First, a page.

ANN ARBOR, MI—National health spending in January 2016 was 4.9% higher than health spending in January 2015, slightly above the December 2015 growth rate of 4.8% but well below the 6.8% peak in February 2015. We estimate full-year health spending growth in 2015 at 5.9%. The health spending share of GDP was 18.1% in December.
Health care prices in January 2016 were 1.6% higher than in January 2015, up from 1.3% in December and the highest rate since December 2014. Year-over-year hospital price growth fell to 1.2% from 1.5% in December, but physician and clinical services prices rose 1.3%, a sharp break from negative rates seen in 2015. Drug price growth rose to 3.0% from 2.4% in December, breaking a 4-month string of lower readings.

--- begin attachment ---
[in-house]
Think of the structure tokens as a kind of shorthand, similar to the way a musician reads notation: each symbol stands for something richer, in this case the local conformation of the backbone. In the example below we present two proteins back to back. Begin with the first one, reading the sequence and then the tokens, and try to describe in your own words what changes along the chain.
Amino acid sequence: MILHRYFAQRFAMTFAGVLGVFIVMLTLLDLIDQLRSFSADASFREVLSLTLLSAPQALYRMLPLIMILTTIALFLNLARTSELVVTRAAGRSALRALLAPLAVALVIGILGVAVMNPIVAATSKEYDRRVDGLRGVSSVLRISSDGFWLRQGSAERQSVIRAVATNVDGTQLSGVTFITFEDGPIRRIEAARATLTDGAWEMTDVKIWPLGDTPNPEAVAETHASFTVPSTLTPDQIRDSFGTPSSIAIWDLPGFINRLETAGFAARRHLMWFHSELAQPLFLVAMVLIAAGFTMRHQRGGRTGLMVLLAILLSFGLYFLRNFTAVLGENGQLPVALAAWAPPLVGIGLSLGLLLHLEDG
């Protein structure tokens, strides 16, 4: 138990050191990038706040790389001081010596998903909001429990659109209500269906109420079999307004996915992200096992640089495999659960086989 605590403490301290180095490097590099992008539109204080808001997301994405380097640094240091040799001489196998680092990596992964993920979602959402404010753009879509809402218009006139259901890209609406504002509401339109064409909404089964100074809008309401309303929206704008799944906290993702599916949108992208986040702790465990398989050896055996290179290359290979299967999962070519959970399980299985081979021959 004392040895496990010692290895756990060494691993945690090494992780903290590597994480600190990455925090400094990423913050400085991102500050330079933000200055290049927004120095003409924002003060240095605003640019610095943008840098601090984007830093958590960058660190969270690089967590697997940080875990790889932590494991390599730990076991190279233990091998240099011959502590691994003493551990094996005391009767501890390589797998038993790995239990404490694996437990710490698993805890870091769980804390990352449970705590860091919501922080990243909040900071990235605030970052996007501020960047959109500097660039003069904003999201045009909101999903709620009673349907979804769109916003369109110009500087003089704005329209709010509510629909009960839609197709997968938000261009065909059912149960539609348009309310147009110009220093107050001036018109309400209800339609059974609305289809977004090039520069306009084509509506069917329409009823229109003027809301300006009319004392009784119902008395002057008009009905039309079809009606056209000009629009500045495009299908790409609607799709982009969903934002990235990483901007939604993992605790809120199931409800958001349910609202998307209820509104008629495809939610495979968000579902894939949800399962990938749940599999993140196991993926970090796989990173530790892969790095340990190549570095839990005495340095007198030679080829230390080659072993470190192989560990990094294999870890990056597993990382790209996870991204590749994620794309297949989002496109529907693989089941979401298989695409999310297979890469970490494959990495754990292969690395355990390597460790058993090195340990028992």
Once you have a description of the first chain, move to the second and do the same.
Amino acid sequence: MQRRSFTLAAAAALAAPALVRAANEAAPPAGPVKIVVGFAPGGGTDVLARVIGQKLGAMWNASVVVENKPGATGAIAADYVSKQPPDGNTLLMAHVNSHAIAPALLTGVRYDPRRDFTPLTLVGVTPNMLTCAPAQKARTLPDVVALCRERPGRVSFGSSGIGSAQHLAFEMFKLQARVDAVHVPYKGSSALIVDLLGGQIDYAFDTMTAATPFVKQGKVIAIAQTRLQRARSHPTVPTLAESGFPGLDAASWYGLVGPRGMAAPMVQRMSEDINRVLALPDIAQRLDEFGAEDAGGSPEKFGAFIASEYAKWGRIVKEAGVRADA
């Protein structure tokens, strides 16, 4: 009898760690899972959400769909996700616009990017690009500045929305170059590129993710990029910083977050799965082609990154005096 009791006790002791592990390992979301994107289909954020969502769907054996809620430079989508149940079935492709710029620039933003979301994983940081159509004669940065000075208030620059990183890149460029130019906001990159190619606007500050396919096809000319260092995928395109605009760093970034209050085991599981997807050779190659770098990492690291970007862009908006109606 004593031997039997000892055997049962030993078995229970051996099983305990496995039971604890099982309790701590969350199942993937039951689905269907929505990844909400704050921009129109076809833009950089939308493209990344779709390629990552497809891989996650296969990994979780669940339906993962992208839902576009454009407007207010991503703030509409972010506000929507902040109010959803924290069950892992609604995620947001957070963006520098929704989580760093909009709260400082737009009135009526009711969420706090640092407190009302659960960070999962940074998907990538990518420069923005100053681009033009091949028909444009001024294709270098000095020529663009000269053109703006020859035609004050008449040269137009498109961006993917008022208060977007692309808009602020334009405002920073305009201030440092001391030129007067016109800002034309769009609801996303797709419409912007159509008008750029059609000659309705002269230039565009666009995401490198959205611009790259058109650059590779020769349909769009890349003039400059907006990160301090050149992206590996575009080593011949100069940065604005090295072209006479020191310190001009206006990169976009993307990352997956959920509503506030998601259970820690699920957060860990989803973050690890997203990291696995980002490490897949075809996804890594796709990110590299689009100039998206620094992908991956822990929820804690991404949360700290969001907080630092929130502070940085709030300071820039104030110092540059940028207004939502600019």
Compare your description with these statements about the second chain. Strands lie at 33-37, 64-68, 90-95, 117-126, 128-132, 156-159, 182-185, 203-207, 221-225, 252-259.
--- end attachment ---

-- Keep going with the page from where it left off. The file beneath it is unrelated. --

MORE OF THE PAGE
The health sector added 38,100 new jobs in February, the sixth straight month of annual growth above 3%. Hospitals added 10,600 jobs, comparable to the 24-month average. Consistent with recent patterns, health jobs grew 3.2% year over year, while nonhealth jobs grew 1.7%, putting the health share of total employment at a new all-time high of 10.71%.
These data come from the monthly Health Sector Economic IndicatorsSM briefs released by Altarum Institute’s Center for Sustainable Health Spending (http://www.altarum.org/healthindicators).
“Health spending growth in 2015 was considerably higher than the previous 6 years, yet it decelerated throughout the year, indicating that the 2015 surge was temporary,” said Charles Roehrig, founding director of the center. “Quarterly Services Survey data released yesterday confirms this story for the final quarter of 2015. While the return to slower growth is comforting, we remain concerned about what rate of growth will be slow enough to be sustainable long term.”